Hamedan is located in the Western mountainous area of Iran, and is the center of a province with the same name. The city is situated in the mountain hills of Alvand, and was titled the Historical Capital of Iran. It was also the capital of the first Persian Empire, the Medes. In the historic texts, the name used for the city is Amedaneh which means “the place where Median live”. It was later called Hegmataneh which means “the place of Gathering”, and Ecbatana which is its Greek translation.

The City of Amedaneh was located at the heart of Medes Empire where the main roads connecting the country reached each other. Deioces, the first Median King, ordered the construction of strong fortification known as Seven Fort and many palaces. When they were dethroned by the Cyrus the Great, the city lost its centrality, but remained as one of the three important cities of Achaemenid Empire. The Ganj Nameh inscription, the remnant of Achaemenid columns, and the many golden rhyton and grails are a proof of the city’s importance in Achaemenid Empire.

Hamedan was the Capital of Parthian kings as well. In this time, two Statues of Lions stood on either sides of the city’s gate. Hamedan was among the last cities that remained loyal to Parthian Empire, until they were defeated by the Sassanid Troops. In the Sassanid time, Hamedan was one of the minting centers of the Empire. However, not long after the Nahavand Battle, Hamedan fell to the hands of Muslims. From this time, Arab Caliph takes the control of Hamedan and local powers tried to take it back. Until the Mongol Attack, the battles over taking the ruling of the Hamedan continue.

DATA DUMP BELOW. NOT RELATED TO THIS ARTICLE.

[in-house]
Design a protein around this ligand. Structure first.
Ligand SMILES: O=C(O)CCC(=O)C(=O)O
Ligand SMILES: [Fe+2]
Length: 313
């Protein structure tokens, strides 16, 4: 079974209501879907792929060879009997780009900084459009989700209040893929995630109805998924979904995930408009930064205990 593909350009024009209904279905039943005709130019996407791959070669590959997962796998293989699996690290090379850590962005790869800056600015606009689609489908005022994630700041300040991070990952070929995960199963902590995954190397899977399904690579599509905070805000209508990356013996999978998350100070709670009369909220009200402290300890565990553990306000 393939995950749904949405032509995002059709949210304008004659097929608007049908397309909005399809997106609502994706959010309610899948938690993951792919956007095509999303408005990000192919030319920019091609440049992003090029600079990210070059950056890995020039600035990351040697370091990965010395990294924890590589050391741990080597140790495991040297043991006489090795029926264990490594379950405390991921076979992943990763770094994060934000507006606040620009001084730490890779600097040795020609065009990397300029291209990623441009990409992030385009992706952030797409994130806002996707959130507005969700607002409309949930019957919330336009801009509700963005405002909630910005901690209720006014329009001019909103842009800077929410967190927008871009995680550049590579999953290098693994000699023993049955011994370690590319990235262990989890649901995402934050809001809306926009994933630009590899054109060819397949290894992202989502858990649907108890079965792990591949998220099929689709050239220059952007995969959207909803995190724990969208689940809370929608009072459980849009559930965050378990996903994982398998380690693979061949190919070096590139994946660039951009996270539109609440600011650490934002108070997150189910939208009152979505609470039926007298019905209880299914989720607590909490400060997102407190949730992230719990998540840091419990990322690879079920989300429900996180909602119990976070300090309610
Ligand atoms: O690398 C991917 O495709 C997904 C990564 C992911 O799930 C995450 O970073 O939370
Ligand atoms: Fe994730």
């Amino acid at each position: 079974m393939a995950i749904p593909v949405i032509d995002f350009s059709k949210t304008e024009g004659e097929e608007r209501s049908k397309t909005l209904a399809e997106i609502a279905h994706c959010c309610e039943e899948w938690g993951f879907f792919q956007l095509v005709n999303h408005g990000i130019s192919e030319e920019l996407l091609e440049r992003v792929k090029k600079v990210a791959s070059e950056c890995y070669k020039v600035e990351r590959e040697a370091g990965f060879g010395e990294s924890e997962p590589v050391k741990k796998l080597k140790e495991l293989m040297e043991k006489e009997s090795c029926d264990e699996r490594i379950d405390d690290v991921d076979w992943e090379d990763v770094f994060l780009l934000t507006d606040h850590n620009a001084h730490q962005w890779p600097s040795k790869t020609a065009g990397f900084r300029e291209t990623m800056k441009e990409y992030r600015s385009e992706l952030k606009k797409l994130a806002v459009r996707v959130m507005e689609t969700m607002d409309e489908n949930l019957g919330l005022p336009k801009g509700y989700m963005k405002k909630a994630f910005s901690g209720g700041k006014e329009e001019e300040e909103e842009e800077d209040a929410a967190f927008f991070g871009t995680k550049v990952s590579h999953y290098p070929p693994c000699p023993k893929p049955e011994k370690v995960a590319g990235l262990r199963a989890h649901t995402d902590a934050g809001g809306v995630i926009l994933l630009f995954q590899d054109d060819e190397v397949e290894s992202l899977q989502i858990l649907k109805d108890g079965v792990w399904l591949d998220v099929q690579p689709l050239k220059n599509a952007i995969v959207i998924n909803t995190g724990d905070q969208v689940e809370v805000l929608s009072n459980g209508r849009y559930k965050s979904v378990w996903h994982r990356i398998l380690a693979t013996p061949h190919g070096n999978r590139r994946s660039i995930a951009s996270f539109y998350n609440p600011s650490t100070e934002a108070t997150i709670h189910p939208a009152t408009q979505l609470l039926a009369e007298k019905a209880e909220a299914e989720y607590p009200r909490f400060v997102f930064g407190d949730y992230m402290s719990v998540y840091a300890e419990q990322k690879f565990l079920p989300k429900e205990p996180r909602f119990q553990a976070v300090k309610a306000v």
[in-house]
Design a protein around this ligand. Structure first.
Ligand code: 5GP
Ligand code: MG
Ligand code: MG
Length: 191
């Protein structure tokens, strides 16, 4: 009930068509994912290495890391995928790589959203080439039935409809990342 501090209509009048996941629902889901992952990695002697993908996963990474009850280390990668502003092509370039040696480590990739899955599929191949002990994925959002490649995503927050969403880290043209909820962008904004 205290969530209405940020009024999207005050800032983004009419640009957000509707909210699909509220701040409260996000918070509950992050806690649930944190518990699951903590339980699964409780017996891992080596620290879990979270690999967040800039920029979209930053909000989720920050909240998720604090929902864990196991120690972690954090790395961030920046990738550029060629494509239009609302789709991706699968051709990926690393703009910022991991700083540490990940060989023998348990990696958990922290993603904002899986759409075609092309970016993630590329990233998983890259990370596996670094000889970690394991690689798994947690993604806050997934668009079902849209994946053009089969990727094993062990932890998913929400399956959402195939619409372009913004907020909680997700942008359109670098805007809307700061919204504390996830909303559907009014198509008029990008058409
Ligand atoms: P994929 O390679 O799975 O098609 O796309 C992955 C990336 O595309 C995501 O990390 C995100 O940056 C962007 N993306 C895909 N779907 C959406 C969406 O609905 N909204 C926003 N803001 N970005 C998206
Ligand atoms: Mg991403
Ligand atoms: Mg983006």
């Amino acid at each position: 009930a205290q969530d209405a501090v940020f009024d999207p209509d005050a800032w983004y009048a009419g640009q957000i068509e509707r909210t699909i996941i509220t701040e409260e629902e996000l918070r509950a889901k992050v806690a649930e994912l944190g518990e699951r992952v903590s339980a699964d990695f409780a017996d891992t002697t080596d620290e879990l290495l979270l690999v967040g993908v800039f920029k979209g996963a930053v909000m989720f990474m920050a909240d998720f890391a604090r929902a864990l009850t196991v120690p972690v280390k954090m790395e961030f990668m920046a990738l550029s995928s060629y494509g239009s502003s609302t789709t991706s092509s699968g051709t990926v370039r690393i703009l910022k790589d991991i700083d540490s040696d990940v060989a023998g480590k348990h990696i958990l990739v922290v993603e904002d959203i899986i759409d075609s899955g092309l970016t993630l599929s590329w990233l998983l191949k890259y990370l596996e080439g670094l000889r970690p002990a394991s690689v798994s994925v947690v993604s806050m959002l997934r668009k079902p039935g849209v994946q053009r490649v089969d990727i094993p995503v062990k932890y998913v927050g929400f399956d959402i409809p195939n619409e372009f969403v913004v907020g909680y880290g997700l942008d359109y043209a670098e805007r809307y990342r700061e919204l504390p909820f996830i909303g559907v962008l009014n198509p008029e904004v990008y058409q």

Mongols attacked the city twice. In the first attack, the city surrendered; although people are pardoned, but they are rubbed of everything they had. In the second attack, nothing was left to be given, and therefore, they resisted which ended in the destruction of the city and massacre of people. Two mass graves from this time were found in the archeological excavations. The city fell to the hands of Ilkhan Mongols, and it was in the reign of the sixth Ilkhan ruler that the city saw traces of reconstruction.  The time of peace and prosperity didn’t last much; with the attack of Tamerlane the city was destroyed yet again and forgotten for 300 years.

In the Safavid time, together with the rest of the country, Hamedan was developed as well. In the numerous battles of Safavid kings with Ottomans, the city of Hamedan was conquered and people were slaughtered. Six years later, Nader Shah of Afsharid tribe signed a treaty with Ottomans and took Hamedan back. The city was slowly rebuilt until it reached the state it is today.